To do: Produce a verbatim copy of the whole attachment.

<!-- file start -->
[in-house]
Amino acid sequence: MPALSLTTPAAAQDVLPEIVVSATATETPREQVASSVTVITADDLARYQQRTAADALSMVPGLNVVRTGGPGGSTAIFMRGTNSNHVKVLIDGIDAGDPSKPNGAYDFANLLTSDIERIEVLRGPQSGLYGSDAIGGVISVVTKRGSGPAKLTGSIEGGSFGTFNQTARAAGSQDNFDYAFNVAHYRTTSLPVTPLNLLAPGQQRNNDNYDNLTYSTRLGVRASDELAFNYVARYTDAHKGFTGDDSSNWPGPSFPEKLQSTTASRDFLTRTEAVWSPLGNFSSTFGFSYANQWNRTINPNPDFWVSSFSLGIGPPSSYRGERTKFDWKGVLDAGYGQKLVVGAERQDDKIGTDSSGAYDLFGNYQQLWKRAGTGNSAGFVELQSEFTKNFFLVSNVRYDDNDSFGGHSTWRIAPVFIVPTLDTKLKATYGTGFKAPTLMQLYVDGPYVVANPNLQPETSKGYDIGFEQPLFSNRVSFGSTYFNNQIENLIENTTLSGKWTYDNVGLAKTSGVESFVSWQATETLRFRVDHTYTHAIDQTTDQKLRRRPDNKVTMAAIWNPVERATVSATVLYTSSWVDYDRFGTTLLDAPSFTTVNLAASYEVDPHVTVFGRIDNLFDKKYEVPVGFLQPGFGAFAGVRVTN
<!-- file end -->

[in-house]
Amino acid sequence: MPALSLTTPAAAQDVLPEIVVSATATETPREQVASSVTVITADDLARYQQRTAADALSMVPGLNVVRTGGPGGSTAIFMRGTNSNHVKVLIDGIDAGDPSKPNGAYDFANLLTSDIERIEVLRGPQSGLYGSDAIGGVISVVTKRGSGPAKLTGSIEGGSFGTFNQTARAAGSQDNFDYAFNVAHYRTTSLPVTPLNLLAPGQQRNNDNYDNLTYSTRLGVRASDELAFNYVARYTDAHKGFTGDDSSNWPGPSFPEKLQSTTASRDFLTRTEAVWSPLGNFSSTFGFSYANQWNRTINPNPDFWVSSFSLGIGPPSSYRGERTKFDWKGVLDAGYGQKLVVGAERQDDKIGTDSSGAYDLFGNYQQLWKRAGTGNSAGFVELQSEFTKNFFLVSNVRYDDNDSFGGHSTWRIAPVFIVPTLDTKLKATYGTGFKAPTLMQLYVDGPYVVANPNLQPETSKGYDIGFEQPLFSNRVSFGSTYFNNQIENLIENTTLSGKWTYDNVGLAKTSGVESFVSWQATETLRFRVDHTYTHAIDQTTDQKLRRRPDNKVTMAAIWNPVERATVSATVLYTSSWVDYDRFGTTLLDAPSFTTVNLAASYEVDPHVTVFGRIDNLFDKKYEVPVGFLQPGFGAFAGVRVTN